“You can ensure basically every step along the way that you are paying for high-quality climate action.

“I think the challenge for direct air capture in the voluntary carbon market world is pricing. No-one wants to pay thousands and thousands of dollars per tonne, even though some are willing to for smaller-scale projects to get them off the ground and see how the technology develops.”

But for hard-to-abate sectors such as steel, why invest billions of dollars toward switching their processes to run on hydrogen to mitigate carbon prices, when they could simply buy CDR credits and run business as usual?

“That’s largely what we’re trying to solve, right?” said Anderson. “We’re trying to say, ‘let’s make you carbon-negative hydrogen, that way you can decarbonise your steel and also if you have other supply chain or residual emissions, use the carbon removal credits towards those so you can hit net zero faster and more cost effectively’.”

However, he is sceptical that industries will opt for carbon removal over investing in other decarbonisation methods, in part because the actual quantity of high-quality credits on the market over the next 10 to 15 years will be relatively small.

Due to this limit on supply, as well as the understanding that carbon removal will be the last resort, Anderson points out that companies offering credits will have little reason to try and undercut other emissions reductions methods on price.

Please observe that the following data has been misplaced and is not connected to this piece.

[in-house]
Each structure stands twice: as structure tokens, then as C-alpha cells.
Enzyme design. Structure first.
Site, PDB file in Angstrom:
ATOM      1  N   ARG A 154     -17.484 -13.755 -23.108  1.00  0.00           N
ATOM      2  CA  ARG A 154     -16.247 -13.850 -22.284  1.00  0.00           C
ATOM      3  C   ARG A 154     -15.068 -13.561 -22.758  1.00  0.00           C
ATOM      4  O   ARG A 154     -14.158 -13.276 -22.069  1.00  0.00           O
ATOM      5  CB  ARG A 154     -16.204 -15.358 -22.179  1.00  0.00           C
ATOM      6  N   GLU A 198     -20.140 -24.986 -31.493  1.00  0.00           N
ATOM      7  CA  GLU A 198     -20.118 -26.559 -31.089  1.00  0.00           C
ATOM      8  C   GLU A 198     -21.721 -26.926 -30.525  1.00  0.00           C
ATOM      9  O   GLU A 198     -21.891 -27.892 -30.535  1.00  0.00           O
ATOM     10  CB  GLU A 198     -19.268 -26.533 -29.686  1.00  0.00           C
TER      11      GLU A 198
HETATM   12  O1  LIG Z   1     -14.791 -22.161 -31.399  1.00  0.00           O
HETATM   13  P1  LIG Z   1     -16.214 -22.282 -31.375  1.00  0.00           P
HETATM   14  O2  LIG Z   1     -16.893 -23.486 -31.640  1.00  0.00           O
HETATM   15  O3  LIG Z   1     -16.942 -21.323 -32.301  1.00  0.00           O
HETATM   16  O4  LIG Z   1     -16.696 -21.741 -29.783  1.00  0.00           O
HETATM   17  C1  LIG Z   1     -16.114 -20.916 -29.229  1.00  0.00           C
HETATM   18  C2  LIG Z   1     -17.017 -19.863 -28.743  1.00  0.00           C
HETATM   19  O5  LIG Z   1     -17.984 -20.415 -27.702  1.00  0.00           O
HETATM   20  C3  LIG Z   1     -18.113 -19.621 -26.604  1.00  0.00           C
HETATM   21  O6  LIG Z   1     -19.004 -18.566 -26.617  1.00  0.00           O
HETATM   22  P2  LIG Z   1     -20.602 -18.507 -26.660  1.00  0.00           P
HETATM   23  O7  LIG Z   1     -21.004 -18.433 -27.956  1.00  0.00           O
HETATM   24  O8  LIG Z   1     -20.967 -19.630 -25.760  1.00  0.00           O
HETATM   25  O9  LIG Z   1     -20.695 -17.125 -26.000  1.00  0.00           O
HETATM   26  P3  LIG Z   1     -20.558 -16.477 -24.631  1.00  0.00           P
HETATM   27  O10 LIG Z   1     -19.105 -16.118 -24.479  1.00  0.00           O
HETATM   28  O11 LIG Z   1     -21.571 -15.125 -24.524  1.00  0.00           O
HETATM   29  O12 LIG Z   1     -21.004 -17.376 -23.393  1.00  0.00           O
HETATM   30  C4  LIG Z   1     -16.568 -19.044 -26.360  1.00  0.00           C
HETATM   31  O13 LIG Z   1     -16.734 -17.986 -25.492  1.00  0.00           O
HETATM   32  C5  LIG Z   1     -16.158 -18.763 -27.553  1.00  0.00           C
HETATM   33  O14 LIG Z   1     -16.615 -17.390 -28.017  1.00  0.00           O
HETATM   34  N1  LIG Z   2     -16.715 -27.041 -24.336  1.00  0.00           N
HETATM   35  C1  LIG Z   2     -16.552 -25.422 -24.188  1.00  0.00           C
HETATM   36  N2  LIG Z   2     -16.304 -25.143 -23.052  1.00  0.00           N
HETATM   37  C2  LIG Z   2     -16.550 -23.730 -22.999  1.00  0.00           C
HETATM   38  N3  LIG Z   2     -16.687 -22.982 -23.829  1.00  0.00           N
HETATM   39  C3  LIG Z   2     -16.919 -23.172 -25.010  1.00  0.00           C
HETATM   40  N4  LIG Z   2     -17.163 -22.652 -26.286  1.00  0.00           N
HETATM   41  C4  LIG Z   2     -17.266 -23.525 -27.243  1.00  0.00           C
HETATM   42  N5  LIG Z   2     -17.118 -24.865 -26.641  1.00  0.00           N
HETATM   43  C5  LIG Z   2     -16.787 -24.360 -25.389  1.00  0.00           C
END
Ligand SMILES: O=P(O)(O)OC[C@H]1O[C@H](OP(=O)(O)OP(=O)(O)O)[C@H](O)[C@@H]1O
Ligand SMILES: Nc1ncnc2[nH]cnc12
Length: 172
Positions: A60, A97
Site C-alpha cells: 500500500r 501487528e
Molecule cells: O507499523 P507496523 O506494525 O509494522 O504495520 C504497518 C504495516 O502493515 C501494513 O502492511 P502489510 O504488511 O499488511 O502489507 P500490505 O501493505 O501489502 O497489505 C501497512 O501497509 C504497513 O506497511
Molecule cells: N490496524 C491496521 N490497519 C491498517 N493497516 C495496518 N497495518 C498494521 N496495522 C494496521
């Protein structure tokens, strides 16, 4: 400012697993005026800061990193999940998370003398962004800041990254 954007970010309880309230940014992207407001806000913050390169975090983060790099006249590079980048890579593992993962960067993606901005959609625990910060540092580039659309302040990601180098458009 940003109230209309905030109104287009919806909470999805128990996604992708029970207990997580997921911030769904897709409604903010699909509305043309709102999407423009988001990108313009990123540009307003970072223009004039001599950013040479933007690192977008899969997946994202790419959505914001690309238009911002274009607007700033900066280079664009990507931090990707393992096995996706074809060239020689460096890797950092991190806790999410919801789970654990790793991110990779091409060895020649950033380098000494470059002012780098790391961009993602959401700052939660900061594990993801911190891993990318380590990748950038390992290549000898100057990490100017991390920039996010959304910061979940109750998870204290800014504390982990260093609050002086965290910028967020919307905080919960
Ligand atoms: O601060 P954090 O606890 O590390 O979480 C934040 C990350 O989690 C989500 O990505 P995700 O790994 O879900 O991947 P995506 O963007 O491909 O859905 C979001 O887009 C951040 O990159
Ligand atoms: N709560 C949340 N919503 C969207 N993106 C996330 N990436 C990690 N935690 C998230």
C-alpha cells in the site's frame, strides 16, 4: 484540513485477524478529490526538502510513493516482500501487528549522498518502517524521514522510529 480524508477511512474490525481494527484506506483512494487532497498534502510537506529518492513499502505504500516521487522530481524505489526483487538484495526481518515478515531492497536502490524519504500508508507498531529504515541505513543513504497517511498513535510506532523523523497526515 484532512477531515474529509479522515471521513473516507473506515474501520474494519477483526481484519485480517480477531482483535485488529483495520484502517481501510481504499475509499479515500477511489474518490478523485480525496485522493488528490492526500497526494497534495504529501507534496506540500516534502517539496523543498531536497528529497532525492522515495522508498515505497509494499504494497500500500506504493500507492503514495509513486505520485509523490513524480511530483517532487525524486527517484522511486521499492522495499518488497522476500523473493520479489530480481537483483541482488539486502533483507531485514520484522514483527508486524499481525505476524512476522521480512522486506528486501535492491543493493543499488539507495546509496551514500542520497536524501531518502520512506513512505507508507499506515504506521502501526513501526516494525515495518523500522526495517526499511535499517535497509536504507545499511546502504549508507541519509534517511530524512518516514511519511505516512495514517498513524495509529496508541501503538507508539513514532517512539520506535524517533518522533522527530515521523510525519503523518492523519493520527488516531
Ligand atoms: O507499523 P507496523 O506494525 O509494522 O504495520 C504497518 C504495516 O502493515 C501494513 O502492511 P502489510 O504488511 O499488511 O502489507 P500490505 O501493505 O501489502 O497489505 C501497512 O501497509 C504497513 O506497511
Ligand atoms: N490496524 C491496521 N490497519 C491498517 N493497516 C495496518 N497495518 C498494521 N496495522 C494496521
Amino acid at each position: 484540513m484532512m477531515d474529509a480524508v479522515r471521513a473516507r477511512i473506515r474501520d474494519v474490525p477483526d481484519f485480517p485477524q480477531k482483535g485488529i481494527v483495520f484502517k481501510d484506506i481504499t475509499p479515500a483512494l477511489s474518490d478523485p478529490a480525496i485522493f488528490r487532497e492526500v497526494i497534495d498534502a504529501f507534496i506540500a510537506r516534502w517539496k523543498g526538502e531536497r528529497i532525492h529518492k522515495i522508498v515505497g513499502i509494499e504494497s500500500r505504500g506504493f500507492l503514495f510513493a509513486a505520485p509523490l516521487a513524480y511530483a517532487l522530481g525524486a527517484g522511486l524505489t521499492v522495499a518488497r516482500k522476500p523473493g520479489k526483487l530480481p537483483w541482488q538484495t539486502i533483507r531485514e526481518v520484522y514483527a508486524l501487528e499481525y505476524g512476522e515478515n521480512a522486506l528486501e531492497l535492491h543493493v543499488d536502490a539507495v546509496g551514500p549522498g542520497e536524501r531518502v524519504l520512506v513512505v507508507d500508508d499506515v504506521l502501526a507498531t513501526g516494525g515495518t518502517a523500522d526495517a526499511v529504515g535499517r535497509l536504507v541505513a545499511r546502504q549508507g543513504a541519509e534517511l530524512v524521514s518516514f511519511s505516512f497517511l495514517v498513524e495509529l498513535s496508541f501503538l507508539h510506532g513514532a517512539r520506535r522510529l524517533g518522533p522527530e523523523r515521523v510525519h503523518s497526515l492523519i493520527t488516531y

“If I see it costs $300 per tonne [CO2] for a steel manufacturer to decarbonise, why would I charge them significantly less than that to use direct capture for CDR?”

Beyond a growing carbon credit market, direct air capture also benefits from extremely lucrative subsidies in the US.

The 45Q tax credit offers $85 per tonne of CO2 from point-source carbon capture that is permanently stored ($60 if the gas is used in industry or for enhanced oil recovery), which balloons to $180 (or $130) if direct air capture is used — although this process needs to capture at least 1,000 tonnes of CO2 a year to qualify.

However, Anderson notes that this starts to get complicated if Parallel Carbon or producers using its technology wanted to also claim the 45V clean hydrogen production tax credit, which offers a top rate of $3/kg based on a strict limit of lifecycle greenhouse gas emissions.